Black Actors Make History With Oscar Nominations
A year ago, the biggest story at the Academy Awards was the clear lack of diversity among award nominees. Two years running, no people of color were nominated in any of the acting categories and were a rarity in the Best Director category. After multiple efforts to help bolster diversity in Hollywood, history has been made.
For the first time ever, a Black actor is nominated in every acting category.
The nominees are Denzel Washington (Best Actor, Fences), Mahershala Ali (Best Supporting Actor, Moonlight), Ruth Negga (Best Actress, Loving), Viola Davis (Best Supporting Actress, Fences), Naomie Harris (Best Supporting Actress, Moonlight) and Octavia Spencer (Best Supporting Actress, Hidden Figures).
A major part in this record-breaking year is likely the major support of films with mostly-Black casts that were released to large success last year, such as Fences, Hidden Figures and Moonlight.
According to Entertainment Tonight, Davis, Harris and and Spencer’s nominations are the first time multiple Black people have been in one category since 1985 when Oprah Winfrey and Margaret Avery were both recognized for their work in The Color Purple.
“I would love to see people of color continue to get opportunities and have opportunities to do projects that are action blockbusters as well as being a part of projects that are art house and indie or projects that in some way find themselves around and in the conversation every awards season,” Mahershala Ali said. “We want to exist in all platforms and we want to see diversity and see people being included on every level. I hope that this is a real beginning for that.”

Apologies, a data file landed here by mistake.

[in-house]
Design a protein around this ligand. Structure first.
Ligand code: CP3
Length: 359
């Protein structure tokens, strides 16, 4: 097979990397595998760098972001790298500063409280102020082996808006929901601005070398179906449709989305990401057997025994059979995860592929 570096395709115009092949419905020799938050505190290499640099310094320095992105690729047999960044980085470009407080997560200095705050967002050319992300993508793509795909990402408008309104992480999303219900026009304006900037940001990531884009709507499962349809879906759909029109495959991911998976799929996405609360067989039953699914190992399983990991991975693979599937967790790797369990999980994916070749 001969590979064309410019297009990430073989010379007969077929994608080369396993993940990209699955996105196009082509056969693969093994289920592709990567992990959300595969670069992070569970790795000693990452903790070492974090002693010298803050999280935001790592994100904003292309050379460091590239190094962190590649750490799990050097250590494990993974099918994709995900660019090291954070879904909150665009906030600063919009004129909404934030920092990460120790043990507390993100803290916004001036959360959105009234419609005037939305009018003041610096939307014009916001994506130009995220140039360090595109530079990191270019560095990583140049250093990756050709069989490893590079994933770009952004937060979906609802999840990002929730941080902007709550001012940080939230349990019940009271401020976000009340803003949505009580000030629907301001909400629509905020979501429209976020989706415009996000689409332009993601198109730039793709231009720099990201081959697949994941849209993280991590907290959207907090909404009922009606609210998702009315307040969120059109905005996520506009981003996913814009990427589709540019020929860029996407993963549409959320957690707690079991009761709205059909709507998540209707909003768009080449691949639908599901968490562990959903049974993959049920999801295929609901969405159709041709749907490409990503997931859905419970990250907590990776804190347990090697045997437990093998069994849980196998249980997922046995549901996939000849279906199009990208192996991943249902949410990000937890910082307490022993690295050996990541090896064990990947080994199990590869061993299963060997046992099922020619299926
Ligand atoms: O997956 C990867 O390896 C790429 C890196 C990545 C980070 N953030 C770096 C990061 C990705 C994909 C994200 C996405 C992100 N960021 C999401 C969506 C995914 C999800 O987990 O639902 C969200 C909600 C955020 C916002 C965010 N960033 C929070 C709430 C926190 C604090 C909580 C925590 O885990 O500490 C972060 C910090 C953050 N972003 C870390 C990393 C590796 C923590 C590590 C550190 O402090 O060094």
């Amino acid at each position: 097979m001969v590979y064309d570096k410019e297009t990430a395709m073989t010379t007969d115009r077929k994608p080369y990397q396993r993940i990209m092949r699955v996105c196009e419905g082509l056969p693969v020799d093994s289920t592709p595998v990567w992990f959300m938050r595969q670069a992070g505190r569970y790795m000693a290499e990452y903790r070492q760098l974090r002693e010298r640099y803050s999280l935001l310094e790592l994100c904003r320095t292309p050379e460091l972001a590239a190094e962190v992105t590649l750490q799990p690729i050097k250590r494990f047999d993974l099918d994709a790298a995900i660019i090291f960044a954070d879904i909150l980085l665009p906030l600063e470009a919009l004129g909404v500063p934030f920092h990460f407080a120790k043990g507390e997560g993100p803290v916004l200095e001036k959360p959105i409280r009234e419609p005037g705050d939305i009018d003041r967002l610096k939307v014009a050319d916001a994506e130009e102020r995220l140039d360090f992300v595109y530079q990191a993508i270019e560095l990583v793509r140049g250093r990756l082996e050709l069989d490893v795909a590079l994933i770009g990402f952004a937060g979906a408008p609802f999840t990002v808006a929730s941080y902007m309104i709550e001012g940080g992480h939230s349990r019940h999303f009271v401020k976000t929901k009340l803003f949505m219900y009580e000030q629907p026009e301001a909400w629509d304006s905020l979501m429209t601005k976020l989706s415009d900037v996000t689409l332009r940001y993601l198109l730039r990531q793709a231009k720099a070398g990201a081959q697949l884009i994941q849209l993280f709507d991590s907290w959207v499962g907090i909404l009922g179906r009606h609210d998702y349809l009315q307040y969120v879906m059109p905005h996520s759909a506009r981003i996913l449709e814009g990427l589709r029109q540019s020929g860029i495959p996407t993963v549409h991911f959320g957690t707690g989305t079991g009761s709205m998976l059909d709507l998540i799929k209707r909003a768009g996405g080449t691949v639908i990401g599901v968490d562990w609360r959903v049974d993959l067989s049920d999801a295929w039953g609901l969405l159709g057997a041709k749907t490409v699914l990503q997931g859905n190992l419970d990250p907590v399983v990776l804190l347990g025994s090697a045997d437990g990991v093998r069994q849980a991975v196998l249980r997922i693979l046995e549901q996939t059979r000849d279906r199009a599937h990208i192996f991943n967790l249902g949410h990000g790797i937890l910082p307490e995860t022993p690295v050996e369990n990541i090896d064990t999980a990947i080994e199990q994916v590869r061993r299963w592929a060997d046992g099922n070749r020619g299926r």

While seeing all of these Black actors is absolutely a step in the right direction, it doesn’t address all of the issues raised during the #OscarsSoWhite campaign that has been made popular in the past.
The problem with the Academy Awards wasn’t only that there weren’t any black faces. It was that there were only white faces, mostly leaving out numerous people of color.
“One year does not make up for over 80 years of underrepresentation of all genders, sexual orientations, races, abilities and First Nation status,”April Reign, who created the hashtag and is the managing editor of BrowadwayBlack.com told The Los Angeles Times. “#OscarsSoWhite is about the inclusion of all marginalized communities, both in front of and behind the camera, throughout the entertainment industry.”
Fortunately, this year’s nominees show that the Academy is at least willing to try to move forward to have their awards reflect the world we live in today. We’ve just got a long way to go to make that truly show.
Photo Courtesy: Wiki Commons